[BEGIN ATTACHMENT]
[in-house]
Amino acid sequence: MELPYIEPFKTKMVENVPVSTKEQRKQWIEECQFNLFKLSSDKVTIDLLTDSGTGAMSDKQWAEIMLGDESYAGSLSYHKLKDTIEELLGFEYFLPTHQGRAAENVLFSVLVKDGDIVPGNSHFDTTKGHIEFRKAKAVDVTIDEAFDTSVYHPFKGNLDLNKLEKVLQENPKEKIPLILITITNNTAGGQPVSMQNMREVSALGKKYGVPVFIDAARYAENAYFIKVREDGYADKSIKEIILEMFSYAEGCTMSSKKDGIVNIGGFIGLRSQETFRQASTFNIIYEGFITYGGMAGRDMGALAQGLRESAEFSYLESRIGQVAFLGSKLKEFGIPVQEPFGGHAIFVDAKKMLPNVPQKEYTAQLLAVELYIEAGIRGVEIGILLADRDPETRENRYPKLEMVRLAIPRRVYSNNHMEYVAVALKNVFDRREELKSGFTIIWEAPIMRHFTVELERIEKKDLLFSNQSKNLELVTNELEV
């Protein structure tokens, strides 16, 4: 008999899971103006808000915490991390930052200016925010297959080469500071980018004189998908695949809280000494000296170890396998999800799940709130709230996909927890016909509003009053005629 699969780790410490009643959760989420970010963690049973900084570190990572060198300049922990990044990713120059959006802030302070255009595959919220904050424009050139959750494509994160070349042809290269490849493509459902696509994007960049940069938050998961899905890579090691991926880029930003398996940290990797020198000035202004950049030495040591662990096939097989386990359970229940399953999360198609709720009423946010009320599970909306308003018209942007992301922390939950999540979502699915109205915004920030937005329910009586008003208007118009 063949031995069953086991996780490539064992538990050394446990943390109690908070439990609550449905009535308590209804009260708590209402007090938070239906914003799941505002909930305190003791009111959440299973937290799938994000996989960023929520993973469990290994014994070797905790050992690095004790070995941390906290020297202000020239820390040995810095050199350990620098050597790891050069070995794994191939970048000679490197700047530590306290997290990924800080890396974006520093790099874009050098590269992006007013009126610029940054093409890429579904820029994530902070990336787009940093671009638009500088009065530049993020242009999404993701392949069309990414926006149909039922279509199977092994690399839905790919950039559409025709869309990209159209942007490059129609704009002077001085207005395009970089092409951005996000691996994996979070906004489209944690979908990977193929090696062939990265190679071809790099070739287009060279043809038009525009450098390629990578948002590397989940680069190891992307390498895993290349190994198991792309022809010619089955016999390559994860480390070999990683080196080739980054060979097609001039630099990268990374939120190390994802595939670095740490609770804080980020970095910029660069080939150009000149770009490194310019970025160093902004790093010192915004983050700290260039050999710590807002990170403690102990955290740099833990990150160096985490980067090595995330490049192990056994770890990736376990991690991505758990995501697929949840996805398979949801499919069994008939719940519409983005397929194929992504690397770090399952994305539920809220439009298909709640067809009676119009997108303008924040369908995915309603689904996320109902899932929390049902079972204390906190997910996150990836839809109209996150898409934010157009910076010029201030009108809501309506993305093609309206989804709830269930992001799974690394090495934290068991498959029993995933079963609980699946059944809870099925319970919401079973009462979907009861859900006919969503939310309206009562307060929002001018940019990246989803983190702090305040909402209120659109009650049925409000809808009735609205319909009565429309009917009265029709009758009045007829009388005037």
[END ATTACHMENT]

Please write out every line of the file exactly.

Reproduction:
[in-house]
Amino acid sequence: MELPYIEPFKTKMVENVPVSTKEQRKQWIEECQFNLFKLSSDKVTIDLLTDSGTGAMSDKQWAEIMLGDESYAGSLSYHKLKDTIEELLGFEYFLPTHQGRAAENVLFSVLVKDGDIVPGNSHFDTTKGHIEFRKAKAVDVTIDEAFDTSVYHPFKGNLDLNKLEKVLQENPKEKIPLILITITNNTAGGQPVSMQNMREVSALGKKYGVPVFIDAARYAENAYFIKVREDGYADKSIKEIILEMFSYAEGCTMSSKKDGIVNIGGFIGLRSQETFRQASTFNIIYEGFITYGGMAGRDMGALAQGLRESAEFSYLESRIGQVAFLGSKLKEFGIPVQEPFGGHAIFVDAKKMLPNVPQKEYTAQLLAVELYIEAGIRGVEIGILLADRDPETRENRYPKLEMVRLAIPRRVYSNNHMEYVAVALKNVFDRREELKSGFTIIWEAPIMRHFTVELERIEKKDLLFSNQSKNLELVTNELEV
């Protein structure tokens, strides 16, 4: 008999899971103006808000915490991390930052200016925010297959080469500071980018004189998908695949809280000494000296170890396998999800799940709130709230996909927890016909509003009053005629 699969780790410490009643959760989420970010963690049973900084570190990572060198300049922990990044990713120059959006802030302070255009595959919220904050424009050139959750494509994160070349042809290269490849493509459902696509994007960049940069938050998961899905890579090691991926880029930003398996940290990797020198000035202004950049030495040591662990096939097989386990359970229940399953999360198609709720009423946010009320599970909306308003018209942007992301922390939950999540979502699915109205915004920030937005329910009586008003208007118009 063949031995069953086991996780490539064992538990050394446990943390109690908070439990609550449905009535308590209804009260708590209402007090938070239906914003799941505002909930305190003791009111959440299973937290799938994000996989960023929520993973469990290994014994070797905790050992690095004790070995941390906290020297202000020239820390040995810095050199350990620098050597790891050069070995794994191939970048000679490197700047530590306290997290990924800080890396974006520093790099874009050098590269992006007013009126610029940054093409890429579904820029994530902070990336787009940093671009638009500088009065530049993020242009999404993701392949069309990414926006149909039922279509199977092994690399839905790919950039559409025709869309990209159209942007490059129609704009002077001085207005395009970089092409951005996000691996994996979070906004489209944690979908990977193929090696062939990265190679071809790099070739287009060279043809038009525009450098390629990578948002590397989940680069190891992307390498895993290349190994198991792309022809010619089955016999390559994860480390070999990683080196080739980054060979097609001039630099990268990374939120190390994802595939670095740490609770804080980020970095910029660069080939150009000149770009490194310019970025160093902004790093010192915004983050700290260039050999710590807002990170403690102990955290740099833990990150160096985490980067090595995330490049192990056994770890990736376990991690991505758990995501697929949840996805398979949801499919069994008939719940519409983005397929194929992504690397770090399952994305539920809220439009298909709640067809009676119009997108303008924040369908995915309603689904996320109902899932929390049902079972204390906190997910996150990836839809109209996150898409934010157009910076010029201030009108809501309506993305093609309206989804709830269930992001799974690394090495934290068991498959029993995933079963609980699946059944809870099925319970919401079973009462979907009861859900006919969503939310309206009562307060929002001018940019990246989803983190702090305040909402209120659109009650049925409000809808009735609205319909009565429309009917009265029709009758009045007829009388005037």